September 25, 2013

Tony Gemignani talks prosciutto

The best prosciutto on the market is not necessarily prosciutto di Parma, although it is one of the top ranked. It comes down to personal preference. The attention to detail, care and tradition that goes into making prosciutto di Parma are just some of the reasons why it is considered above the rest.

On my latest trip to Italy for the Campionato Mondiale della Pizza in Parma, I had the privilege of visiting a factory where they produce prosciutto di Parma. First and foremost, the production of prosciutto starts with the raising of the pigs. Each pig raised for prosciutto is a special breed that is born, raised and slaughtered in the region of Parma. The food each pig is fed is even grown in that same region. Unlike other pigs raised for other cuts of meat, pigs raised for prosciutto must reach the age of at least nine months old. Once slaughtered, the legs are taken to the factories in which each piece is carefully inspected. If it does not meet the standards of each factory they are sent back.

Once selected, the cuts of meat are cleaned, trimmed and salted. The trimmings off each leg of prosciutto are actually used to make Fellino salame in the nearby town of Fellino. After the legs are cleaned and salted, they are left to slowly dry in a refrigerated room for a period of time. After this set time, in which some of the moisture will have started to disappear due to the salting and drying, they are cleaned again and re-salted. Once more, they are left to dry and the exposed portion of meat near the bone is massaged and covered by hand with a mixture of lard and salt.

Each leg of prosciutto is hung in a refrigerated room on metal racks. As the end of the curing process nears, the legs are transferred and hung in a room that is not quite as cold with less air and light. The factories themselves are located right at the base of a mountain in a valley in which real prosciutto di Parma cannot be made above 900 meters. The weather surrounding these factories is perfect for the production of prosciutto in that the air, during certain times of the year, has nearly perfect moisture content. Long, thin, vertical windows around the perimeter of each factory can be opened and the prosciutto dries naturally without the aid of machinery.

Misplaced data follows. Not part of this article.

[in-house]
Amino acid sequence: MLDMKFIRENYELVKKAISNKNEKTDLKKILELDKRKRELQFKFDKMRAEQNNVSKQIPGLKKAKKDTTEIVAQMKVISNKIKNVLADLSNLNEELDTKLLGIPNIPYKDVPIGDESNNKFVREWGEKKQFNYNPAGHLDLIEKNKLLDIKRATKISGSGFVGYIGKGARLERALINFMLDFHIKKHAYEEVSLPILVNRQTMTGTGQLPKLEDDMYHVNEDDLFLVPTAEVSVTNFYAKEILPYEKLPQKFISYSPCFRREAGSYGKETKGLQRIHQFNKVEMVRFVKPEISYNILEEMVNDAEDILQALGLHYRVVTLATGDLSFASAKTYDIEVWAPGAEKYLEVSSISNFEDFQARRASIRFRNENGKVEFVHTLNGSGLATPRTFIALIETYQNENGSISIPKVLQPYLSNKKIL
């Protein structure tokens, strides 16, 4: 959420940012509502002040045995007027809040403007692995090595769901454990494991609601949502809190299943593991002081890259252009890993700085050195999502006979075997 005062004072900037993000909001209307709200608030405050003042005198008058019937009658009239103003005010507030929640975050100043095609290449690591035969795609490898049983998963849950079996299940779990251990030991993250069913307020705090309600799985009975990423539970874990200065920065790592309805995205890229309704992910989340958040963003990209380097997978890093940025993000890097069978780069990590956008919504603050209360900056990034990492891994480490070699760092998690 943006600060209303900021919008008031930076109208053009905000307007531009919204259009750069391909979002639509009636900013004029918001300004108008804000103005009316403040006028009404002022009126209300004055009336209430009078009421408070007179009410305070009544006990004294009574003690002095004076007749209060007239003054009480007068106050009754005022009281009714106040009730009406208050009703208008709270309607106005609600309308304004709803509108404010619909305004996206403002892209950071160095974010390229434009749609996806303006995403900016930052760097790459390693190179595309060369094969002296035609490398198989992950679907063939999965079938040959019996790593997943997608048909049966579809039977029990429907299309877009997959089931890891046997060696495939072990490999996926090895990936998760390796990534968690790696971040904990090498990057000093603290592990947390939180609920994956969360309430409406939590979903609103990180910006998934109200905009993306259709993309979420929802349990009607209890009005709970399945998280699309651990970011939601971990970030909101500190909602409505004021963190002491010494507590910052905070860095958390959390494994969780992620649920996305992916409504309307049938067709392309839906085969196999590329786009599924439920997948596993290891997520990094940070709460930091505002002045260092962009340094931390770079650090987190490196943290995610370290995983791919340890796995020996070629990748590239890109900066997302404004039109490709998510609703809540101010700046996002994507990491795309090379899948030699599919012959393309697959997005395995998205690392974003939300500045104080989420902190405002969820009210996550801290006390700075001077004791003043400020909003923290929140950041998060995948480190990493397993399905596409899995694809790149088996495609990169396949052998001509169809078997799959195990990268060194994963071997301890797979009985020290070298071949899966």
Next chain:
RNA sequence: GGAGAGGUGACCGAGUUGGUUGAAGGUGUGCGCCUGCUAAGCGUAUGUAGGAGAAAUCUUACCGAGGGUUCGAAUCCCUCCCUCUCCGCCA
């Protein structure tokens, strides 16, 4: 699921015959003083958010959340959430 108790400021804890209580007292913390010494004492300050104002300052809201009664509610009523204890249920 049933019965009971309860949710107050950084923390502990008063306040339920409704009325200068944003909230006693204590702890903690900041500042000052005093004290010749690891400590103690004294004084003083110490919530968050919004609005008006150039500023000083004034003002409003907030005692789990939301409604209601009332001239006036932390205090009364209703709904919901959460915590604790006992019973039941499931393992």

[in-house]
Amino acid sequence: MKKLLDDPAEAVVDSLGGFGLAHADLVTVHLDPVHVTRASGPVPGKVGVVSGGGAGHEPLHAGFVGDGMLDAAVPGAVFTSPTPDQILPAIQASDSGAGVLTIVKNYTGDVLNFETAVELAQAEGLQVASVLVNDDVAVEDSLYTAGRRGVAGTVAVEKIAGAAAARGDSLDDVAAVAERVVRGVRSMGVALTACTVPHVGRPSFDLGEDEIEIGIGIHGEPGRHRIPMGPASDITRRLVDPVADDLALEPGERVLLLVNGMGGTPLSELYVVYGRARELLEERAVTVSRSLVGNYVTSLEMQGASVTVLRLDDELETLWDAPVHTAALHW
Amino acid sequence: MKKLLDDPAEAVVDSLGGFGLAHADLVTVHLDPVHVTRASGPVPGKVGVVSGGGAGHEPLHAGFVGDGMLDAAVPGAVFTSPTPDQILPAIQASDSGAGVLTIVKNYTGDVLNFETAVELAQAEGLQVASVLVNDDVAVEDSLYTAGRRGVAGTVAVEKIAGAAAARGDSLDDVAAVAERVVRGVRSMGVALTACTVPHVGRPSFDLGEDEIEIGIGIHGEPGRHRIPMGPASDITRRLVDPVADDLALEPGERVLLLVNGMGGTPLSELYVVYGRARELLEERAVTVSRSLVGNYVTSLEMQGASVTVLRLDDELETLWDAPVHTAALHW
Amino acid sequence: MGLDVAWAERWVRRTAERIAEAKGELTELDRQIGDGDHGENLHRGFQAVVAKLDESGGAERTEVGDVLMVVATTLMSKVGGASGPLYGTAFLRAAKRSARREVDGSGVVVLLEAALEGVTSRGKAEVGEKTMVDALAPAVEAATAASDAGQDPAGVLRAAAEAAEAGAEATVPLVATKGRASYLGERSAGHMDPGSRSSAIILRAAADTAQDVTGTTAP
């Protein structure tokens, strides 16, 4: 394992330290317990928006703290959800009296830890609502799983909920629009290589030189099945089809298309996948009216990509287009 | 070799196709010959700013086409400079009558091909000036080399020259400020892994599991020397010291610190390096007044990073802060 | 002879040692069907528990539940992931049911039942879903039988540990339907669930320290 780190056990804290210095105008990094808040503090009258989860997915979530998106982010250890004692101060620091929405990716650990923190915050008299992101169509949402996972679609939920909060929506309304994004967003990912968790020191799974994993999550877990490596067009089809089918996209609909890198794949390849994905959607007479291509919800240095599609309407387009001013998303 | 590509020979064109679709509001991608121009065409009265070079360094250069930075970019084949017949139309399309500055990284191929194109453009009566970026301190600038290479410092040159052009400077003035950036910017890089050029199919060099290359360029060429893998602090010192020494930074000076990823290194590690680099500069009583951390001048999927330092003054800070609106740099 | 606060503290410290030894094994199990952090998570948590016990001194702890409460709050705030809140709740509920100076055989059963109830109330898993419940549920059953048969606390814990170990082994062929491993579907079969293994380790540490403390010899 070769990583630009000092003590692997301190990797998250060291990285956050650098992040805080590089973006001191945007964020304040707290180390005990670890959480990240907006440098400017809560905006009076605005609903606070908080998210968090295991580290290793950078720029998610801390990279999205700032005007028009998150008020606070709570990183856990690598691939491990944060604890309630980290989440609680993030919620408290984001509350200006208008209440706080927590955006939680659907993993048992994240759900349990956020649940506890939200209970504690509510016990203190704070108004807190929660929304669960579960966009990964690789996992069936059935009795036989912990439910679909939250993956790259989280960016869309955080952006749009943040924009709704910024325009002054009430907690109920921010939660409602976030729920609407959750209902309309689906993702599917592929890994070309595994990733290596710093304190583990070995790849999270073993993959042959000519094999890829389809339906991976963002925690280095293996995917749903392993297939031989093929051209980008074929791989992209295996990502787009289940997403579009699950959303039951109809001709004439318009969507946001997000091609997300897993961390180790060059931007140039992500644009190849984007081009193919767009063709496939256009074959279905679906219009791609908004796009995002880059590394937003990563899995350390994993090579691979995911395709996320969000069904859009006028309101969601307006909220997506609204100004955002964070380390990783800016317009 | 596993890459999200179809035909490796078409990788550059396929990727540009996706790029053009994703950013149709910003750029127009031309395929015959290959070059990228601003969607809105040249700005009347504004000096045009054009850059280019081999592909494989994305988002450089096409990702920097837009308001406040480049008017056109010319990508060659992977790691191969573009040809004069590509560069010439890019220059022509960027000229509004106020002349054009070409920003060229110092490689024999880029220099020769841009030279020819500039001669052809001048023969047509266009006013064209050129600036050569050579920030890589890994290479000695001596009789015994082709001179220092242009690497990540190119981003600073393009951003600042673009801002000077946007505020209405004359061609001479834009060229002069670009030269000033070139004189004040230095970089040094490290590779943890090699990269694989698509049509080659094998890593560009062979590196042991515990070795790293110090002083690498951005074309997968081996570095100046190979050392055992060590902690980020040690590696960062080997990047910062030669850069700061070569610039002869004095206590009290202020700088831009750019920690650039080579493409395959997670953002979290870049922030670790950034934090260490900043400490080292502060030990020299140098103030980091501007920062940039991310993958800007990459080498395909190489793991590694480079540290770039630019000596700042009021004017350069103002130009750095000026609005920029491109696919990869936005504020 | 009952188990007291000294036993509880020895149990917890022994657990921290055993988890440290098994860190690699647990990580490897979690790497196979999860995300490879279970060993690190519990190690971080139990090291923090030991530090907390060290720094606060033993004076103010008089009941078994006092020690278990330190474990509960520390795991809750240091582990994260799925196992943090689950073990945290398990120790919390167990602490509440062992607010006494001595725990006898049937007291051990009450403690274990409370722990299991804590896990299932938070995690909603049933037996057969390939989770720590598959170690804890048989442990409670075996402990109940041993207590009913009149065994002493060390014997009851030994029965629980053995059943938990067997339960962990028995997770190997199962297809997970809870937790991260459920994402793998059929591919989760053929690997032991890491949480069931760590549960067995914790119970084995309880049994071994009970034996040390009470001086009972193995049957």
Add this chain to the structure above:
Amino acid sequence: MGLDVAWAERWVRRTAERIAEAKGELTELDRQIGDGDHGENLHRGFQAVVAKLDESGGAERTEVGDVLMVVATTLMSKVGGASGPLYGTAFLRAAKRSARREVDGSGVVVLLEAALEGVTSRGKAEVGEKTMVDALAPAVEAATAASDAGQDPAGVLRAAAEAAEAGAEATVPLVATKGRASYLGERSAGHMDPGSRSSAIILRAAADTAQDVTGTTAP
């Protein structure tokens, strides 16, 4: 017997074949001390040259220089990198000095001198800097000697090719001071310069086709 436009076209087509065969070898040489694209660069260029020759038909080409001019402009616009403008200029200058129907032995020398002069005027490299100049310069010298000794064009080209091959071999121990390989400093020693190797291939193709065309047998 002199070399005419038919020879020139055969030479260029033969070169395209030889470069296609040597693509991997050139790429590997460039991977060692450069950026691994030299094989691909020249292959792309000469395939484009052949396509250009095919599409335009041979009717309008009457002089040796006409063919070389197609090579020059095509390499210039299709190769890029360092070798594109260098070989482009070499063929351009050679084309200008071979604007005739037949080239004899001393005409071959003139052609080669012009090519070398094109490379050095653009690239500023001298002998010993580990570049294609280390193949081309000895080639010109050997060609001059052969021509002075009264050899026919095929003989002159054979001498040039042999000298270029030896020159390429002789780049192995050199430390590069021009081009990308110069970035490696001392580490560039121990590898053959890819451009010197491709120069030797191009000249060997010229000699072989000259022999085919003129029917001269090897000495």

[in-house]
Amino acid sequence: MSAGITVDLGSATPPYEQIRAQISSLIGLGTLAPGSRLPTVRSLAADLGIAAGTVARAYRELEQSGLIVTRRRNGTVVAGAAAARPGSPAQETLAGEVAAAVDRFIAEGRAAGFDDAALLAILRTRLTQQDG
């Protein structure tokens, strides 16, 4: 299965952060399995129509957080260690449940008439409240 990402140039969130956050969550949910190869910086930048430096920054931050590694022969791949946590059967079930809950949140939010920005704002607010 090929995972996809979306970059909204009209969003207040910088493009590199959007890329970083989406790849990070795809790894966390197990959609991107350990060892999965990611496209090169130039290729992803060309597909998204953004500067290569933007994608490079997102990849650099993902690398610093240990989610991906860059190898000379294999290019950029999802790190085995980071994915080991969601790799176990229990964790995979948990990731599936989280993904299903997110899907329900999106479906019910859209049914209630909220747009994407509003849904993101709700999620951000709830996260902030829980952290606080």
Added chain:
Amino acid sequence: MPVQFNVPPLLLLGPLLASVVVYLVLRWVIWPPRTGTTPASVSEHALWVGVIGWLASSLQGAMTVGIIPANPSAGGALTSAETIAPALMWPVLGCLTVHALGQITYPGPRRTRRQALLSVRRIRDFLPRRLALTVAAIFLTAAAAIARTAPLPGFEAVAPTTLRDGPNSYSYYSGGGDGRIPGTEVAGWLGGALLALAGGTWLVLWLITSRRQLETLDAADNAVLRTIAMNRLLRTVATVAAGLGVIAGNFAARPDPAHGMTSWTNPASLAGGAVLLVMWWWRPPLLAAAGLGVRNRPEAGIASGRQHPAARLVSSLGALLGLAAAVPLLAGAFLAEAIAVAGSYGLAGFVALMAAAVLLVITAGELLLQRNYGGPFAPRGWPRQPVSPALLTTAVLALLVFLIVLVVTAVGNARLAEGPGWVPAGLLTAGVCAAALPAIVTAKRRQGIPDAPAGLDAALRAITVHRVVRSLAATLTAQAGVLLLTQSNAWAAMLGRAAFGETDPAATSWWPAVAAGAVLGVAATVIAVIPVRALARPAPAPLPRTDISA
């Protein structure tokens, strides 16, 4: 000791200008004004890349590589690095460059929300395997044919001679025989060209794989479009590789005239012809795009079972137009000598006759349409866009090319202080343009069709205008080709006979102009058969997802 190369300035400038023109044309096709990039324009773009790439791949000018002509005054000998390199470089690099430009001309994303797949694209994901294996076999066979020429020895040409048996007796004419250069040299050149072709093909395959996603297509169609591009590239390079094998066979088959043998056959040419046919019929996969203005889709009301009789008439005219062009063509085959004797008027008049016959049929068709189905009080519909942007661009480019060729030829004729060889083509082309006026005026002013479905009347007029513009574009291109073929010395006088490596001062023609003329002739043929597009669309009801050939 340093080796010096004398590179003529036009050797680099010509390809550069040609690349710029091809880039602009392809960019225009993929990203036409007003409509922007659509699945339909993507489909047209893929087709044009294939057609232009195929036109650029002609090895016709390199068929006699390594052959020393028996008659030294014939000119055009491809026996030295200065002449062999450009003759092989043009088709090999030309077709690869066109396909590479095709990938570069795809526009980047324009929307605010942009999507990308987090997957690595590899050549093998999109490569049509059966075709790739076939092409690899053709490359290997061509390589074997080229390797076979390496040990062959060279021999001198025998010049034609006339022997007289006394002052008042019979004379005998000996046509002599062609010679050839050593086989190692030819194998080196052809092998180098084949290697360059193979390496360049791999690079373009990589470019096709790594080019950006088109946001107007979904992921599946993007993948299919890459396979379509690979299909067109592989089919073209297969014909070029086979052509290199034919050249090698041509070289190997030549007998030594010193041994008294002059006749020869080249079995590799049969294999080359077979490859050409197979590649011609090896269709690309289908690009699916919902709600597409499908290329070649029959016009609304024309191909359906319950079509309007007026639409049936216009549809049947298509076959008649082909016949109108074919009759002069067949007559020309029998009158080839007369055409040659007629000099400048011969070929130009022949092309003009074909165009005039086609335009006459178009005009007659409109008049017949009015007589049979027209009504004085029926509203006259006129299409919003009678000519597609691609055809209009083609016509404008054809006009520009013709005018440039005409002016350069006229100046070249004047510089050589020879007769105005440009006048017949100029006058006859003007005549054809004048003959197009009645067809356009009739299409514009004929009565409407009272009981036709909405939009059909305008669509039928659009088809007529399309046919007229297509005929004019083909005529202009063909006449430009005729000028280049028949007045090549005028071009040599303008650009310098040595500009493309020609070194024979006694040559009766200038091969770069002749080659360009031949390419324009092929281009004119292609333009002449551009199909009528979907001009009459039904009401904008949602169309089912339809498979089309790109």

The Consortium (the group in charge of ensuring authenticity and quality control) checks each leg of prosciutto individually. The master, who has been specially trained to detect the right sounds, smells and textures of true prosciutto, goes around to each factory and tests each individual leg of prosciutto. The tool he uses to aid him in testing the meat is a surprising one — a horse bone. He inserts this bone at five different points and then smells the bone each time. Based off the smell and physically touching each leg he can then tell if the prosciutto is ready to be sold and exported. If they are cleared and deemed suitable, they are fire branded with specific symbols and then prepared to be sold. By law, each leg of prosciutto must be cured for at least a year after the initial salting and some are cured for as long as three years.

Every time a leg of prosciutto is sliced at any one of my restaurants, I appreciate the long process it has undergone before reaching the customer’s table. The tradition surrounding prosciutto di Parma is a long one and it is from this tradition that its quality is ensured. Respecting the ingredients you use daily is but one step in respecting your craft. ubr />

Tony GemignaniRESPECTING THE CRAFT features World Pizza Champion Tony Gemignani, owner of Tony’s Pizza Napoletana in San Francisco and Pizza Rock in Sacramento. Tony compiles the column with the help of his trusty assistants, Laura Meyer and Thiago Vasconcelos. If you have questions on any kitchen topic ranging from prep to finish, Tony’s your guy. Send questions via Twitter @PizzaToday, Facebook (search: Pizza Today) or e-mail and we’ll pass the best ones on to Tony.